DR Congo

Humanitarian Action for Children 2021 - Democratic Republic of the Congo



  • The scale and complexity of humanitarian needs and protection concerns in the Democratic Republic of the Congo are staggering. Chronic poverty and weak essential service systems, recurrent armed conflict, acute malnutrition and major epidemic outbreaks, including the coronavirus disease 2019 (COVID-19) pandemic, are all heightening vulnerability.

  • UNICEF will be among the first responders providing a timely and integrated life-saving response to address the acute needs of people affected by forced displacements, natural disasters and public health emergencies. Using a localized approach, UNICEF will revitalize and strengthen the capacities of community-based organizations to enhance the effectiveness and efficiency of the humanitarian response, address immediate needs and reinforce the resilience of communities and systems.

  • UNICEF requires US$384.4 million to address the acute needs of children in the Democratic Republic of the Congo and uphold and promote their rights. Without timely and adequate funding to alleviate their suffering, the situation will continue to worsen.


Due to multifaceted conflicts, the Democratic Republic of the Congo is home to the second largest displaced population in the world. There are 5.2 million people internally displaced in the country, including 3 million children. Fifty per cent of displaced people were displaced in the last 12 months, which has created a protection crisis of unprecedented size.6 Displaced children are exposed to extreme violence, at heightened risk of abuse and live in precarious conditions with limited access to basic services such as drinking water, primary health care and education.
Four million children in the Democratic Republic of the Congo are in urgent need of protection.7 In the first half of 2020, as violence intensified in Ituri and North and South Kivu provinces, grave violations against children increased by 16 per cent.8 The prevalence of gender-based violence remains high, particularly in conflict-affected provinces. Nearly 30 per cent of women and girls aged 15 to 49 are survivors of gender-based violence.5 Women and children are also at risk of sexual exploitation and abuse, with few avenues for reporting abuse and seeking assistance.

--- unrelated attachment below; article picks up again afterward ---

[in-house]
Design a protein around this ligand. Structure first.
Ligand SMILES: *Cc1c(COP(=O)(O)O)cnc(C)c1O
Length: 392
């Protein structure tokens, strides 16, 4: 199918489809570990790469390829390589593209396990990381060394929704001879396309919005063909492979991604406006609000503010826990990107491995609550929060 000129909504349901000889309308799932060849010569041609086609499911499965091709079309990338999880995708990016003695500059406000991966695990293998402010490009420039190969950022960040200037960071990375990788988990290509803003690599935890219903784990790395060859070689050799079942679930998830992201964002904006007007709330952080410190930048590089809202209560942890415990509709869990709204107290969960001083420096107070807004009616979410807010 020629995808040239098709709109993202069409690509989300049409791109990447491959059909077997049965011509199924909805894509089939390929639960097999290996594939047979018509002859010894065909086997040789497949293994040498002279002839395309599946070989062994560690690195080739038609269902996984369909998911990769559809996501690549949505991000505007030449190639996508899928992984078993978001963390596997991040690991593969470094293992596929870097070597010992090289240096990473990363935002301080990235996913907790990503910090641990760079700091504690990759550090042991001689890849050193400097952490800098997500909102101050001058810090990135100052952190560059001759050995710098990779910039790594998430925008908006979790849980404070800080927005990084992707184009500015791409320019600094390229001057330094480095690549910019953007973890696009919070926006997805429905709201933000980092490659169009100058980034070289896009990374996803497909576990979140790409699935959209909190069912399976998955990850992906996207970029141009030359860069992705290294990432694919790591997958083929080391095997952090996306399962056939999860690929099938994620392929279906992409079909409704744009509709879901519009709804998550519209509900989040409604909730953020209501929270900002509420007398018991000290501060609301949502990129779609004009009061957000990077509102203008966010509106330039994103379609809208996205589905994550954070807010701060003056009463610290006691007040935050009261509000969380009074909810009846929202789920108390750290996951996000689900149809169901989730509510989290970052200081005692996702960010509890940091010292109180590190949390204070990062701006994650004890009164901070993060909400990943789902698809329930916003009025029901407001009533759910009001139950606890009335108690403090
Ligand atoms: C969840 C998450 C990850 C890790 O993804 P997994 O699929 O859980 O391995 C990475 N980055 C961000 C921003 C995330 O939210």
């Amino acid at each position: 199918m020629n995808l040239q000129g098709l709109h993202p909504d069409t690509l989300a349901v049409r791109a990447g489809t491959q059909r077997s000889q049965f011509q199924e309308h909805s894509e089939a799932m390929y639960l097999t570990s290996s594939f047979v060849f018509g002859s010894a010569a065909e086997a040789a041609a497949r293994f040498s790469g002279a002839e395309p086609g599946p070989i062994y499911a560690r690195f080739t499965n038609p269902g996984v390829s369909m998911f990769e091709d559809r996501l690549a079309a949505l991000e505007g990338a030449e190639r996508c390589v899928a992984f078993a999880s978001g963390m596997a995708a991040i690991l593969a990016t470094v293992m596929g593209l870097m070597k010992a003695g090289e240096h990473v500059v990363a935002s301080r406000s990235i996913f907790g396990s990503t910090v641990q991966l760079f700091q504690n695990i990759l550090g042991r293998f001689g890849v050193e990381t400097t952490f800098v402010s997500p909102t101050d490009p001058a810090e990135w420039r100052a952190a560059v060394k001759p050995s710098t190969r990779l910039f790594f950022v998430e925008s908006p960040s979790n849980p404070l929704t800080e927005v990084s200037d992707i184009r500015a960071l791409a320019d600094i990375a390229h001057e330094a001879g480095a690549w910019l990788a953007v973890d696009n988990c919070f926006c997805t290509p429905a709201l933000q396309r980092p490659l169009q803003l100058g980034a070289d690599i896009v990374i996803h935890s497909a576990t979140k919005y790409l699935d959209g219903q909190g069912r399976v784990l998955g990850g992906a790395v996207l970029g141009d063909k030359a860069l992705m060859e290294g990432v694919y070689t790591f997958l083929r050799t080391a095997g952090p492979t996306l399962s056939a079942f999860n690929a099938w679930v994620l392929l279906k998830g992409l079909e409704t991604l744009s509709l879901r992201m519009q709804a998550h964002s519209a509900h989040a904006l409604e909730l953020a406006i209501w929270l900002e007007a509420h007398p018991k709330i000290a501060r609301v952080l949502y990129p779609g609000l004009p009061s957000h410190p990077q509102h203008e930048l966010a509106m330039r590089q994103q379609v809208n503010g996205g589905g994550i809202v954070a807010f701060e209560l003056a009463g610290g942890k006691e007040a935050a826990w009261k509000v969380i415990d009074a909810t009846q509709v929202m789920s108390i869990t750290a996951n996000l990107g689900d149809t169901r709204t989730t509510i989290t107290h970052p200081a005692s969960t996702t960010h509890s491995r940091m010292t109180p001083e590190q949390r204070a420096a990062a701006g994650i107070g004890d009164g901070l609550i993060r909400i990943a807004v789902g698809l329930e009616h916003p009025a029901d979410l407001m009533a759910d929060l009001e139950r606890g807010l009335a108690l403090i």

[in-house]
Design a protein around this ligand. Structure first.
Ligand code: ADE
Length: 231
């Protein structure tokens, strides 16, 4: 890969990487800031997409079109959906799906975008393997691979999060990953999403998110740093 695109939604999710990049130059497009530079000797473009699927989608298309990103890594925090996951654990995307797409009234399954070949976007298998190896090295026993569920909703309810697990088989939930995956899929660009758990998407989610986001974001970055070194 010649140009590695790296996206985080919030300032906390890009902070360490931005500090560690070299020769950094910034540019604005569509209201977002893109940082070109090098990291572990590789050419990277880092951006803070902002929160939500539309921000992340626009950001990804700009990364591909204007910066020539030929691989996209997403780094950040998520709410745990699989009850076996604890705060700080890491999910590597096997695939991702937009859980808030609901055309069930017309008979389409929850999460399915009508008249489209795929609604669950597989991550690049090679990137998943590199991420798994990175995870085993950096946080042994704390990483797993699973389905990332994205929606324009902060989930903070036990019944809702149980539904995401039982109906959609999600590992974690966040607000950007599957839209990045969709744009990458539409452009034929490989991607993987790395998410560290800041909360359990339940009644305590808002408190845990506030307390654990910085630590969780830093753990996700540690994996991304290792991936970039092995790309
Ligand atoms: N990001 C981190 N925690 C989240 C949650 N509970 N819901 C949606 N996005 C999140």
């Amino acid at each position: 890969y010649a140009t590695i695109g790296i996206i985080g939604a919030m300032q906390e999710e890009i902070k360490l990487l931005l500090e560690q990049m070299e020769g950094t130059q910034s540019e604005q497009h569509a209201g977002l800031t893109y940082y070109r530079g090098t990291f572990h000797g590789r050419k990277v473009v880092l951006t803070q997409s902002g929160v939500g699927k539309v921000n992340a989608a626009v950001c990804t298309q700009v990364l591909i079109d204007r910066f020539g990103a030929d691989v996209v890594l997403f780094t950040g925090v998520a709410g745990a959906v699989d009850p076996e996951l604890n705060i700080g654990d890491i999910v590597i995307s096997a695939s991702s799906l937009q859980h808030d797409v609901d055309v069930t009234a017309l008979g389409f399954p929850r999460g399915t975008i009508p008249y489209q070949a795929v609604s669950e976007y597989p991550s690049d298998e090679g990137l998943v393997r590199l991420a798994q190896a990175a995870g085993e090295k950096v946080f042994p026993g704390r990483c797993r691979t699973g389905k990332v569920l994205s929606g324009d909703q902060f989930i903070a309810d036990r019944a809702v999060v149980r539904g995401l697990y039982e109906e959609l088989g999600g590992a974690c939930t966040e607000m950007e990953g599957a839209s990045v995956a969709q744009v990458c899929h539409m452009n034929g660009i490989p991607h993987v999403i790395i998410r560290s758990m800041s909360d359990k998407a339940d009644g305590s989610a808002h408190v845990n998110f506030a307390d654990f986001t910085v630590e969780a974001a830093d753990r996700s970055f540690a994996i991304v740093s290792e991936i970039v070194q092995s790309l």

Access to social services and basic infrastructure remains limited across the country. Some 15 million Congolese in rural areas lack access to safe drinking water and sanitation facilities.9 In addition, 3.3 million children under 5 years are malnourished and 1 million children are suffering from severe acute malnutrition (SAM).10 The socio-economic impact of the COVID19 pandemic is expected to further increase the number of children with SAM in 2021. Some 3 million vulnerable children aged 3 to 17 years lack access to quality education.11 The high prevalence of diseases with epidemic potential is deepening the complexity of the humanitarian situation. Less than half of all households have access to primary health care and only half of the children in these households have received the pentavalent vaccine.12 A new Ebola outbreak was declared on 1 June 2020 in the Equateur province, with 119 confirmed cases as of 25 October and a mortality rate of 42.3 percent.13 Over 14,400 suspected cholera cases have also been recorded.14

The COVID-19 pandemic has placed additional pressure on already fragile social and health systems. More than 11,000 cases have been reported since March 2020.15 COVID-19-related restrictions have limited livelihood opportunities and undermined access to markets, adding to humanitarian needs across the country. The pandemic has disrupted children's development, learning and well-being; and violence against women and girls is on the rise.